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Spanning tree question

  1. May 14, 2005 #1
    I'm trying to prove the following theorem using graph theory:

    I first tried to come up with an example:

    Graph G
    Vertices: a, b, c, d.
    Edges: ab, ac, ad, bc, cd.

    Spanning tree T
    Vertices: a, b, c, d.
    Edges: ab, ac, ad. (x = ac)

    Spanning tree T'
    Vertices: a, b, c, d.
    Edges: ad, cd, bc. (y = bc)

    Spanning tree (T - {x}) U {y}
    Vertices: a, b, c, d.
    Edges: [(ab, ac, ad) - (ac)] U bc = ab, ad, bc.
    Which is really a spanning tree.

    Spanning tree (T' - {y}) U {x}
    Vertices: a, b, c, d.
    Edges: [(ad, cd, bc) - bc] U ac = ad, cd, ac.
    But this is a cycle that leaves b apart, not a spanning tree!

    What did I do wrong?

    Thanks,

    Tiago
     
  2. jcsd
  3. May 14, 2005 #2
    are you sure the question says prove: or is it prove/disprove?
     
  4. May 14, 2005 #3
    If I recall correctly the theorem should be that given an x in the edge set of T but not in the edge set of T' then there exists a y in the edge set of T' that is not in the edge set of T such that ... (same conclusion)

    so the y depends on x

    Though I haven't looked this up... this is just my vague recollection
     
  5. May 14, 2005 #4
    Yes, I'm sure. The question asks me to prove the theorem.
     
  6. May 14, 2005 #5
    I guess you're right: the theorem also says that, if there is an edge x in T, but not in T', then there is an edge y which is in T', but not in T. But I guess my first example follows this as well: x = ac is an edge that belongs to T, but not to T'; then there must be an edge y that belongs to T', but not to T. In my example, y = bc. Am I missing anything?
     
  7. May 14, 2005 #6
    OK, I guess I figured it out. I misunderstood the theorem. I'll try to restate it:

    What I understand is that, if there is x, then there must be at least one y that follows the theorem. In other words, not every edge that belongs to T' but not to T is the y that the theorem wants. In my example, bc is not good to be y. I could, however, choose x = ac and y = ad, finding the following spanning trees:

    - ab, ad, bc
    - ac, bc, dc

    Is this right?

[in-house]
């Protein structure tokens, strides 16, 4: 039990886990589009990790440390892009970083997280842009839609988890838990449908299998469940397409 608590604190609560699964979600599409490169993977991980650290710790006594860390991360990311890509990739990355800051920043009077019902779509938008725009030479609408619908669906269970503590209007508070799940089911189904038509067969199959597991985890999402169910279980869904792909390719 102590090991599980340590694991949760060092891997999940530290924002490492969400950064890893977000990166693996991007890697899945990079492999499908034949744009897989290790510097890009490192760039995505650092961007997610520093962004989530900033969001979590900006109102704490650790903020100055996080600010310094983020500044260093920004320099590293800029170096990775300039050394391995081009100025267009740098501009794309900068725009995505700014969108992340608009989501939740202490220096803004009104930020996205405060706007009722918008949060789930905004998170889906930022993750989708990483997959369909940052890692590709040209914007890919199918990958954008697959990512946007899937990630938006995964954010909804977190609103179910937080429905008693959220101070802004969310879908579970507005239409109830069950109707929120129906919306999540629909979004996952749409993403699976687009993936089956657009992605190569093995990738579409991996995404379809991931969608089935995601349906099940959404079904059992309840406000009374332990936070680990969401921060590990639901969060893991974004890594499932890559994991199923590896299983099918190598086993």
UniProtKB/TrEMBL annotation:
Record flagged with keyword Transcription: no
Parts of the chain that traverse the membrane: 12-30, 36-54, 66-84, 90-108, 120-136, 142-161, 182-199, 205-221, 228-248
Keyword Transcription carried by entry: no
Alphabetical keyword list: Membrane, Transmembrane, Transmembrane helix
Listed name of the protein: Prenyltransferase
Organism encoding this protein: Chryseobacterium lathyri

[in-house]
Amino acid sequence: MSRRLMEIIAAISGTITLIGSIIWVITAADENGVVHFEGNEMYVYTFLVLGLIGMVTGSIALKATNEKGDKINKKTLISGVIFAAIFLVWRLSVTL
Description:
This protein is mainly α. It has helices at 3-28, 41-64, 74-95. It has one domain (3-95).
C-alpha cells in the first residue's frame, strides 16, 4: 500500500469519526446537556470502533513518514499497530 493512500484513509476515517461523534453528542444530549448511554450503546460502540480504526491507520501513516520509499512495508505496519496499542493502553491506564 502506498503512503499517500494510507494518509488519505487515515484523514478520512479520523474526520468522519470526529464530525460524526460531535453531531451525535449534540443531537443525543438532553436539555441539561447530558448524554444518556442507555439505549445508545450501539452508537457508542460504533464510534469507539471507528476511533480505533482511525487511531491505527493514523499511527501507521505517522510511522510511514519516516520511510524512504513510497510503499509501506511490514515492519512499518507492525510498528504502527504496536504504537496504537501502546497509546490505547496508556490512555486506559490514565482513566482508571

8. May 14, 2005 #7
    I believe that's the right idea. Of course proving it is a bit more of a challenge.
     
  9. May 14, 2005 #8
    suggestion

    I don't know if this will work, but could you do something like this:

    Given spanning trees T and T', take an edge, x, in T that connects U to V that is not in T'.

    Since x was the bridge from U to V, to re-create a tree, we have to replace it.

    In T' there was also a U-V path, because in trees all vertices have to be connected, but we can also not duplicate any other path in the tree or create a circuit because the end result also has to be a tree...

    So the problem lies in re-building that bridge.

    What I am thinking is, can you say that you'll add the path without duplicating it because T and T' are not the same tree???

    We did have that to begin with? Or not?

    I'm not sure if maybe you could say use an algorithm to create a tree but avoid using that initial branch?

    Another thing I'm thinking is maybe you could say that if you add the edge from the other tree, you will create a circuit so there are 2 paths from U to V, then break the circuit by taking out the original x from T and you will still have a tree.

    I don't know if either of these approaches will work for you, tell me what you think.

    - Vanes.
     
  10. May 14, 2005 #9
    ah for the restated question it is a simple PROOF (10-15min)

    the question is about disconnected graphs and parity.
    [1]T -{x} = ?
    [2]T'+{x} = ?
    Apply parity of [1] on what you can think of for [2]

    EASY AS PIE
     
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